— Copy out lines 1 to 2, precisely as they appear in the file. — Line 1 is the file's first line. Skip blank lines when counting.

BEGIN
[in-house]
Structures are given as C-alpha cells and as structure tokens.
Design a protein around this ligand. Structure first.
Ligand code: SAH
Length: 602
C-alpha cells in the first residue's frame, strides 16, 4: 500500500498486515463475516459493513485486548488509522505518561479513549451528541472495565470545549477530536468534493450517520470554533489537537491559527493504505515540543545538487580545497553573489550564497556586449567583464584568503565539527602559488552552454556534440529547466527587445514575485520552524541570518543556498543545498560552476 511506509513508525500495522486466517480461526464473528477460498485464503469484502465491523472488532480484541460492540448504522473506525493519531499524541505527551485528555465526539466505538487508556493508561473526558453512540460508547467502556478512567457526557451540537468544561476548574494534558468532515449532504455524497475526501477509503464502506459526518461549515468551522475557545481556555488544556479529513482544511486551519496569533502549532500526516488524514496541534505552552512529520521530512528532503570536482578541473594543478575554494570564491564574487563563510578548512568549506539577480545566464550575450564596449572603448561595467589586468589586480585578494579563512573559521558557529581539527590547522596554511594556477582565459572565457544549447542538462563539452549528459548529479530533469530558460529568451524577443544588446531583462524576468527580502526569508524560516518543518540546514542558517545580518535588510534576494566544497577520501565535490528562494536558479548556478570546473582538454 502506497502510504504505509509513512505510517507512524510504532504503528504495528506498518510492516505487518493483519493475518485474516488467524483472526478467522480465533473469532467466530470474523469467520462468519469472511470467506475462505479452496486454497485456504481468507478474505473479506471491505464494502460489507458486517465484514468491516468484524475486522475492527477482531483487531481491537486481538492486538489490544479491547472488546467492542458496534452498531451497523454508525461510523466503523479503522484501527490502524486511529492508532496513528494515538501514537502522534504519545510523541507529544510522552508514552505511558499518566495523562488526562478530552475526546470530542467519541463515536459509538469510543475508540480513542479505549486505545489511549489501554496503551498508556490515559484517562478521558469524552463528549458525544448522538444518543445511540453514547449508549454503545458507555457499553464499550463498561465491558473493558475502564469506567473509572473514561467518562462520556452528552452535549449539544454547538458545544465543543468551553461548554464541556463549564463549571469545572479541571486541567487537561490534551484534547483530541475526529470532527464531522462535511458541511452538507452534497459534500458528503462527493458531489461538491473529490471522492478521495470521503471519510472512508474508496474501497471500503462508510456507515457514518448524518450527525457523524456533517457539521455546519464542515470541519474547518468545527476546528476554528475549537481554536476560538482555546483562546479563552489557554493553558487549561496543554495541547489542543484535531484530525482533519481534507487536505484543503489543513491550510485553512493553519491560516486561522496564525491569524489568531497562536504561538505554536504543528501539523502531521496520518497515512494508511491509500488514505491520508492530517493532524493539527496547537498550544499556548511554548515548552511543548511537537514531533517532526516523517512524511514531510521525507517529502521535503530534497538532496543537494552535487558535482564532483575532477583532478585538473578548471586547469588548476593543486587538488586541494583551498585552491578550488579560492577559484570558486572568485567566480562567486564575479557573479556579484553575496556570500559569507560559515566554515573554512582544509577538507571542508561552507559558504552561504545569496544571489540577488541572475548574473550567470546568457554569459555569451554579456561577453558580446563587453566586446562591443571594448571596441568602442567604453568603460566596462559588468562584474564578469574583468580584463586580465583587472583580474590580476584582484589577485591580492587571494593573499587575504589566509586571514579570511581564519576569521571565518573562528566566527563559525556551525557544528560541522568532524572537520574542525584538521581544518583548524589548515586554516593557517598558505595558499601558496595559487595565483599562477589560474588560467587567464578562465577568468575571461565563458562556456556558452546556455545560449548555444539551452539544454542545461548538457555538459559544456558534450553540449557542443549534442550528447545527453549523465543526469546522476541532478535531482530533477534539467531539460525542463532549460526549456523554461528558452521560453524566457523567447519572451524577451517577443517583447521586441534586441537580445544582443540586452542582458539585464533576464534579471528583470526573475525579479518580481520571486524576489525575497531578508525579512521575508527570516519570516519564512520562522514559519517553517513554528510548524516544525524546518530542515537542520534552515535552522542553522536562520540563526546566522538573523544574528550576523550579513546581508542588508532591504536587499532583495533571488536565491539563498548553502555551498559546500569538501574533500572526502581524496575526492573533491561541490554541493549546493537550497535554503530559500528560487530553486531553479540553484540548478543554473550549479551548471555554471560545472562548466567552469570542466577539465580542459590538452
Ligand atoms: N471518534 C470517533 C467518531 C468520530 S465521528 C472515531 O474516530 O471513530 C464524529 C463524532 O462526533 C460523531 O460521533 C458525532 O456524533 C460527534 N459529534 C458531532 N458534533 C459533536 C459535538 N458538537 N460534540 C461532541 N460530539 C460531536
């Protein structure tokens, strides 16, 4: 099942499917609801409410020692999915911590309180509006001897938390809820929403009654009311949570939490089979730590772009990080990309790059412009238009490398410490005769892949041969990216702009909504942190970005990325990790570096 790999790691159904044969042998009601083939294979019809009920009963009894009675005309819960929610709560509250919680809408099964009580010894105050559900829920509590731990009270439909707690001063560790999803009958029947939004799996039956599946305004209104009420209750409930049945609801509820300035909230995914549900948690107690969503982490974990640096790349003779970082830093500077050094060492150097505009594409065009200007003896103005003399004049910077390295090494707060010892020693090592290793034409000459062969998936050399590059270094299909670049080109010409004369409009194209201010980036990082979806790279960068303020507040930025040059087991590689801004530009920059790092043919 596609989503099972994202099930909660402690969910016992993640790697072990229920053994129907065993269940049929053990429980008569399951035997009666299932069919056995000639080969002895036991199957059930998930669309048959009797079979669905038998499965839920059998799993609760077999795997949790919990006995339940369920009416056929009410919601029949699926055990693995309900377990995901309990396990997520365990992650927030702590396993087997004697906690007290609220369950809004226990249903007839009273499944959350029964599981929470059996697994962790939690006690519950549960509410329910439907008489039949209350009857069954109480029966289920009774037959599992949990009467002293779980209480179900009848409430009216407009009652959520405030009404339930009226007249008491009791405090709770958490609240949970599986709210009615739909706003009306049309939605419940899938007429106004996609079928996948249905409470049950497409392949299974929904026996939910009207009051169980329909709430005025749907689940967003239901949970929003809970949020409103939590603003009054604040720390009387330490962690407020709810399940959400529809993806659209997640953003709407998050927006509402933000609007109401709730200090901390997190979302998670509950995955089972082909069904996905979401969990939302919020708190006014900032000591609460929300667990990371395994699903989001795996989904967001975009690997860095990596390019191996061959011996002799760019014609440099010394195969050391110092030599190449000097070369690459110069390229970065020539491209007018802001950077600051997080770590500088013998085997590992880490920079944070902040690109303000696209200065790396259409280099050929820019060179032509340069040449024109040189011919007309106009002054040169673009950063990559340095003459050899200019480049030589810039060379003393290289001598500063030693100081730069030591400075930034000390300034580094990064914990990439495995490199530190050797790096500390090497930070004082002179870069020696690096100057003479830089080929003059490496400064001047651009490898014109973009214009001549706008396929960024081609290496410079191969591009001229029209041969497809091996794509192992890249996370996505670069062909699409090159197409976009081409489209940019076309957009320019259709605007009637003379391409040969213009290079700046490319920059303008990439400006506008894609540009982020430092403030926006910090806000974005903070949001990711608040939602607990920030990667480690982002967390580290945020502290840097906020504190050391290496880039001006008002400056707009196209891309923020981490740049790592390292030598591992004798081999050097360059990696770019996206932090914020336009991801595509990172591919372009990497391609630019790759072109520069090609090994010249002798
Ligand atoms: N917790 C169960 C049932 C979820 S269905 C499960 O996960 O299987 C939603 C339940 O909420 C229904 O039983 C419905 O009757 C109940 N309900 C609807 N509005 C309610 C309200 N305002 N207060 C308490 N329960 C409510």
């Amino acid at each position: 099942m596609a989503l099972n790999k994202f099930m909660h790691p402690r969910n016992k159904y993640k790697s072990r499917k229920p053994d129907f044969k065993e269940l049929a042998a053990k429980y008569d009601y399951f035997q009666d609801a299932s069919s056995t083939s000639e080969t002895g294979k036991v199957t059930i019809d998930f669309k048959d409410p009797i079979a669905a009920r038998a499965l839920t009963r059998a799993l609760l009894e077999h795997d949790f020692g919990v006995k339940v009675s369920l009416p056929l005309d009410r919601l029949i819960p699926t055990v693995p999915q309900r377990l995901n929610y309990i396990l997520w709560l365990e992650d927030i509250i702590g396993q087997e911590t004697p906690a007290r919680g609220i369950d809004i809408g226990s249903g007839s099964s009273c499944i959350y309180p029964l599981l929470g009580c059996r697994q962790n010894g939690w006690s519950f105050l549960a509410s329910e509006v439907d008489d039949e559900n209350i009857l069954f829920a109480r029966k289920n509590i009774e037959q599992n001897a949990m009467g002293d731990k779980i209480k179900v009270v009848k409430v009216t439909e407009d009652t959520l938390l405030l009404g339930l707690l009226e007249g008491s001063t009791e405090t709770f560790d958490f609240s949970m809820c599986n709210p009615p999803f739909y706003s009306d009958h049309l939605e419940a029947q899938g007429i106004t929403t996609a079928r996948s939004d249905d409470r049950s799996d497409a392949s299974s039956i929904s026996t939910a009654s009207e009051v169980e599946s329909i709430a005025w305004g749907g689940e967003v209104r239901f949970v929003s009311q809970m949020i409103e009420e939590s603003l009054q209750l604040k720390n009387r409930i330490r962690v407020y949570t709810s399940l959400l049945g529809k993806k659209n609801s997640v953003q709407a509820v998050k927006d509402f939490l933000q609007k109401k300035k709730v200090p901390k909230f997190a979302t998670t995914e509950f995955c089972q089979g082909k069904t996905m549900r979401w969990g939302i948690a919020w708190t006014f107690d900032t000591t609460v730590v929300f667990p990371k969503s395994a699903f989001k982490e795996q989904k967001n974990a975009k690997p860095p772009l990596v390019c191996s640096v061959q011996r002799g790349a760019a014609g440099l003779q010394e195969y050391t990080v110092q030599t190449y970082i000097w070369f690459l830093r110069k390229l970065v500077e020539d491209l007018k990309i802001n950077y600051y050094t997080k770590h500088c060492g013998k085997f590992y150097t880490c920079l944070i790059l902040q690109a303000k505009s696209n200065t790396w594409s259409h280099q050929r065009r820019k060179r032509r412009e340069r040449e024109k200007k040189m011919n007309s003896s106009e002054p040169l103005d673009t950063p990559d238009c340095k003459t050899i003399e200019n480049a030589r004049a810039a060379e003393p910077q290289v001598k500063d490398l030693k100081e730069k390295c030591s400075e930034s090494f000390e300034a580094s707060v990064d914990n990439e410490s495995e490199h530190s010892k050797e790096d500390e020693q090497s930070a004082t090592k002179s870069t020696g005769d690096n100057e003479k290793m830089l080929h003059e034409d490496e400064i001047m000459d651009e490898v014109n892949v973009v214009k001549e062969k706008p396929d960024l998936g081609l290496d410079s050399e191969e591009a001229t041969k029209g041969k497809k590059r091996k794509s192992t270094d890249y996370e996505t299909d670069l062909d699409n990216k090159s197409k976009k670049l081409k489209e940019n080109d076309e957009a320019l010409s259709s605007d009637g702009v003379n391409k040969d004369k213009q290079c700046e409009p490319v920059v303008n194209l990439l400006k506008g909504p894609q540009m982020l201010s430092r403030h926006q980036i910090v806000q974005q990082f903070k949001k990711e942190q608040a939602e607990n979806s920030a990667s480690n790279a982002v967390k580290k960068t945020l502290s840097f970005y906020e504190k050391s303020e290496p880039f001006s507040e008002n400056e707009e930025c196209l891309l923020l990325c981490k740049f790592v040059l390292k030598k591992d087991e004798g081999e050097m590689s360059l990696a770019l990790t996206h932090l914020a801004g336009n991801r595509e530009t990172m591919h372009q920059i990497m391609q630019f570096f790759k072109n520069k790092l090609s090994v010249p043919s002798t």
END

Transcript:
[in-house]
Structures are given as C-alpha cells and as structure tokens.